reply to EGeezer
Re: Smartphone apps track users even when shut down I'm not a smartphone expert, but it seems these devices are so crippled in their internet security and user content and unsolicited connection control that they're useless for much of anything beyond taking pictures, casual email/text messages, viewing videos and uploading crap to Facebook or twitter.
If I were a business network or critical infrastructure security admin, the thought of allowing BYOD smartphones or other mobile devices access to my network would be a scary one.
BlitzenZeusBurnt Out CynicPremiumReviews:
That's actually how it is now, and many of these phones tend not to get the updated firmware leaving them vulnerable to known exploits. The companies in general don't expect you to use a phone for more than one to two years, and might only get one firmware update. Even the popular iphones have this issue, but part of that is they are putting more powerful/different hardware in newer models too.
In general security is an afterthought when it comes to smartphones.
I distrust those people who know so well what god wants them to do because I notice it always coincides with their own desires- Susan B. Anthony
Yesterday we obeyed kings, and bent out necks before emperors. But today we kneel only to the truth- Kahlil G.
JuggernautIrreverent or irrelevant?Premium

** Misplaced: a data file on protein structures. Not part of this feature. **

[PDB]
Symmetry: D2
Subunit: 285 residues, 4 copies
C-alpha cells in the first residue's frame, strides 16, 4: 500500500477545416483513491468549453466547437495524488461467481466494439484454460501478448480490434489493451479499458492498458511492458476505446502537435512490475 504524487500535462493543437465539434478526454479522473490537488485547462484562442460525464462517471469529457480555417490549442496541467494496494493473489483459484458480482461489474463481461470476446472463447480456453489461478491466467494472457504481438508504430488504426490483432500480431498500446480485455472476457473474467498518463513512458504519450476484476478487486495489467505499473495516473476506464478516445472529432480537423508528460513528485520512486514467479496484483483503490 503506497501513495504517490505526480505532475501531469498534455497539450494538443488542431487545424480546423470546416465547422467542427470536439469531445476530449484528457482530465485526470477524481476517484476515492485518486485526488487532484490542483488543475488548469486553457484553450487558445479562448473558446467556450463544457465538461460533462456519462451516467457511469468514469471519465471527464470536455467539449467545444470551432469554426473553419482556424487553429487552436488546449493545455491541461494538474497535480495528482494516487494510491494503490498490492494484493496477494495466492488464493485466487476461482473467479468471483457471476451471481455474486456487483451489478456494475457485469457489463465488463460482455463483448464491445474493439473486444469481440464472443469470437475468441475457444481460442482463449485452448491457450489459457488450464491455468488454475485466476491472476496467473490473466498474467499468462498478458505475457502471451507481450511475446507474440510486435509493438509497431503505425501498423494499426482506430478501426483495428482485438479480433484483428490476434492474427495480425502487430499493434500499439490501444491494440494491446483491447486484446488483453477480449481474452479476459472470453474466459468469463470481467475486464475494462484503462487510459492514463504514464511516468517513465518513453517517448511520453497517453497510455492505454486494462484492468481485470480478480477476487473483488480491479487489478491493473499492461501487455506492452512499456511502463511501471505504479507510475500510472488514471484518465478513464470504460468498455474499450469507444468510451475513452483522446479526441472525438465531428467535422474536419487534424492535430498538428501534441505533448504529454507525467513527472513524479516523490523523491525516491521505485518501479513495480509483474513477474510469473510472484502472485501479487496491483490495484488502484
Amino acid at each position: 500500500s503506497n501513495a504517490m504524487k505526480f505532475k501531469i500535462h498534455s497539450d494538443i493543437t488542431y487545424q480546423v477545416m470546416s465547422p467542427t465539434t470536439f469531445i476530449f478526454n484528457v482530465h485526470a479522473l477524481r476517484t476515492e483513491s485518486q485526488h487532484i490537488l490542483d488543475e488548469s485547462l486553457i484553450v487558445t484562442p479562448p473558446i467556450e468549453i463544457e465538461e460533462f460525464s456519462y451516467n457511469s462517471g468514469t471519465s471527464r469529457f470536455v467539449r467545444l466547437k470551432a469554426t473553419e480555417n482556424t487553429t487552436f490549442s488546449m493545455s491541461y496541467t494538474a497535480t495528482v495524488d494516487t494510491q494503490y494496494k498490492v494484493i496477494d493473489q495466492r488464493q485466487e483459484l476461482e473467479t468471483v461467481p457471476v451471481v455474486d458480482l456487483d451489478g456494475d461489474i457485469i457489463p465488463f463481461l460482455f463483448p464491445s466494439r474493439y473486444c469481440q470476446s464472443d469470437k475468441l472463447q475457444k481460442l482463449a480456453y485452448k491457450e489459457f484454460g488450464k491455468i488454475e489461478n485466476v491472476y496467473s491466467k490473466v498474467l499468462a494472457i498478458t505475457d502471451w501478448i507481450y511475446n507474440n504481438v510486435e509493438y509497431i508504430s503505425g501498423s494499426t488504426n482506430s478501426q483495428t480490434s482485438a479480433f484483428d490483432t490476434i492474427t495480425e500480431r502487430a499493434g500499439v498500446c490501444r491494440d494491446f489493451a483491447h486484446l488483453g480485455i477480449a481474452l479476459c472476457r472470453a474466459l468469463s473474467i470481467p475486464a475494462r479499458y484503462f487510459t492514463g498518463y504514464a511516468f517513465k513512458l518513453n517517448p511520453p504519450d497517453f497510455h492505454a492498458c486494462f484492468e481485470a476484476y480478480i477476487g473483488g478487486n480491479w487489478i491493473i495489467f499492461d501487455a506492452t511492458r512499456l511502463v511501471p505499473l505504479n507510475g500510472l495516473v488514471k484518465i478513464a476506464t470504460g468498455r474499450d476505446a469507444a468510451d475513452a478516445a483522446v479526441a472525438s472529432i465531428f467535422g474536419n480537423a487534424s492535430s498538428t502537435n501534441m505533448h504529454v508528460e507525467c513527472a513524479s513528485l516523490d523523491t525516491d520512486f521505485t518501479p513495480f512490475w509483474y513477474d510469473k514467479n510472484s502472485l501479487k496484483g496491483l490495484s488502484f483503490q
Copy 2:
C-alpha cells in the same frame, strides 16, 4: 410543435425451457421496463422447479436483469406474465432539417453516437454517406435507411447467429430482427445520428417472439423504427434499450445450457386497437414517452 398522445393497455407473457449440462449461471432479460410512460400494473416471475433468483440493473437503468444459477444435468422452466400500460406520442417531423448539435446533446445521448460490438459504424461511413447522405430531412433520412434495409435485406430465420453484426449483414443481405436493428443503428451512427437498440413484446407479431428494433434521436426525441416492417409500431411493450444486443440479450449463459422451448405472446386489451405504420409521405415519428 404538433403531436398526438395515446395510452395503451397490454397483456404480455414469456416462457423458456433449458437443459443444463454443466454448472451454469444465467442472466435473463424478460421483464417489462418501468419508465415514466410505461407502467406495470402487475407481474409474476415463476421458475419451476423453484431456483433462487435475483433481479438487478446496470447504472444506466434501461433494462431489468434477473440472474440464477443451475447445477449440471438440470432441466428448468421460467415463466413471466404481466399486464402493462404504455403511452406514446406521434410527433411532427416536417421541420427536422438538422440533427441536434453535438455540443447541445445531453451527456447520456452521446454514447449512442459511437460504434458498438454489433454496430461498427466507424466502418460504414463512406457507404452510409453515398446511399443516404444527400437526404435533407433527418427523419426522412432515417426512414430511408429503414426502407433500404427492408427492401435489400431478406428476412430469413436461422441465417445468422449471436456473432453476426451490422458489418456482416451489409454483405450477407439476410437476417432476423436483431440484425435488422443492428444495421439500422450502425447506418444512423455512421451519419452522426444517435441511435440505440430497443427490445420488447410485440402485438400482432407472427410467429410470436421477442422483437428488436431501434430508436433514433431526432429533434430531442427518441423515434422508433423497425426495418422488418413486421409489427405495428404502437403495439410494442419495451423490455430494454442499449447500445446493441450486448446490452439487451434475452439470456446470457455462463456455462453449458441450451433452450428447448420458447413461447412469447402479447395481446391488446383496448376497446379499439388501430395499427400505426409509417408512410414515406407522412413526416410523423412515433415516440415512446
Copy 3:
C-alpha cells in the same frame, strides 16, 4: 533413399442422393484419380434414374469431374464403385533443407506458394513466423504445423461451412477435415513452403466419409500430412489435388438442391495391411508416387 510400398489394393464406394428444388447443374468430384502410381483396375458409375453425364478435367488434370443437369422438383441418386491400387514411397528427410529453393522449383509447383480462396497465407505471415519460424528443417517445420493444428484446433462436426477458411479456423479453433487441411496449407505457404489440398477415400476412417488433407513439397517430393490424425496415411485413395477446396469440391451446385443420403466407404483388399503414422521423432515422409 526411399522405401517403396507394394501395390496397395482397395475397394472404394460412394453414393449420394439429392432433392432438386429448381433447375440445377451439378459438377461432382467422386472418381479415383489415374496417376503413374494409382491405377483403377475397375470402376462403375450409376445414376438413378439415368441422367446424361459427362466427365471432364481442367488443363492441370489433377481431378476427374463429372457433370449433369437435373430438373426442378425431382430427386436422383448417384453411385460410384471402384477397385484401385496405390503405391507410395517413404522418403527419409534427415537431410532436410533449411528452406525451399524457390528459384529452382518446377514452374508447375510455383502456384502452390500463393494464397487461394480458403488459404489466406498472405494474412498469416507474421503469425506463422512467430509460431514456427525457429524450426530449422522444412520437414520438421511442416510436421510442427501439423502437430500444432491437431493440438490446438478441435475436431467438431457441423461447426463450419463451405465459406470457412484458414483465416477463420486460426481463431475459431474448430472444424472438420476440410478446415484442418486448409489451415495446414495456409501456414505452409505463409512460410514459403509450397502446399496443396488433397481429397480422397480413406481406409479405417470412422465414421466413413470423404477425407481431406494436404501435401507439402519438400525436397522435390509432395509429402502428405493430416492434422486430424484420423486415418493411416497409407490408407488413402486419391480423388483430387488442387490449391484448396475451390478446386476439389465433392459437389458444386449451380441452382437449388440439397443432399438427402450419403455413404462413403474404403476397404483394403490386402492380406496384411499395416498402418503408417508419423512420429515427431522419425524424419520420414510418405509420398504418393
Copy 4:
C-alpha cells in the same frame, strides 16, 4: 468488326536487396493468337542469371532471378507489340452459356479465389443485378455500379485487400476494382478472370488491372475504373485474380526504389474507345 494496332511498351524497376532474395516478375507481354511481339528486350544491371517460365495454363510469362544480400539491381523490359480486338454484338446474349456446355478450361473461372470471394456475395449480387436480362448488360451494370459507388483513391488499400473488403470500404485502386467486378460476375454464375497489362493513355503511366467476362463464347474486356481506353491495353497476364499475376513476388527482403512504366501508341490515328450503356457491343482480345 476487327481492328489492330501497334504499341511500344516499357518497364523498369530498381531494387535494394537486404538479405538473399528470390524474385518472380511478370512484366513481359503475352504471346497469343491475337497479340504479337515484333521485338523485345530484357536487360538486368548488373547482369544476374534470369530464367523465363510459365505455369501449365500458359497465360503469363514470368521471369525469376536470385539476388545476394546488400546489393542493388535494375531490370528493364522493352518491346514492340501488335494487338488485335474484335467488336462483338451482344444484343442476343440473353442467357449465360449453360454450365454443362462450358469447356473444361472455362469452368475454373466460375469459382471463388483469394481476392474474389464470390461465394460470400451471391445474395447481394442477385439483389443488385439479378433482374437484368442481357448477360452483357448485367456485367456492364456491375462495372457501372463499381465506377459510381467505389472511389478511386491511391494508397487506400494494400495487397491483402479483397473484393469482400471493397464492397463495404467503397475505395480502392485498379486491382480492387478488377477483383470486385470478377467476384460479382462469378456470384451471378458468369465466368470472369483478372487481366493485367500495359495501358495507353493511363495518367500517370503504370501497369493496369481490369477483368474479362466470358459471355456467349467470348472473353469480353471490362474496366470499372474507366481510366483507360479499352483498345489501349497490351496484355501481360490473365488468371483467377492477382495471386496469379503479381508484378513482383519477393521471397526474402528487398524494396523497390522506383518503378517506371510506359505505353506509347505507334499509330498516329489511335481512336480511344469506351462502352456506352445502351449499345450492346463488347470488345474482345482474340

reply to EGeezer
Most corporate IT depts lock these down tight for BYOD's. Including the option to remotely wipe them if lost or stolen.
Better to have it and not need it, then need it and not have it.
reply to BlitzenZeus
said by BlitzenZeus:It is not only the phone firmware that might be exploited. The FBI computers also leak data.
....many of these phones tend not to get the updated firmware leaving them vulnerable to known exploits.
Hackers associated with Anonymous claim to have swiped more than 12 million Apple iPhone and iPad device identifiers from an FBI computer.
Someone using the banner of AntiSec a 14-month-old joint operation of Anonymous and LulzSec posted a document to Pastebin on Monday that contained links to around a million Apple unique device identifiers (UDIDs). The anonymous poster said the release was intended to highlight the FBI's alleged tracking of Apple customers.
AntiSec said the hack, which apparently exploited a Java vulnerability, yielded a CSV file containing "a list of 12,367,232 Apple iOS devices including Unique Device Identifiers (UDID), user names, name of device, type of device, Apple Push Notification Service [APNS] tokens, zipcodes, cellphone numbers, addresses, etc".
Breaker One Nine.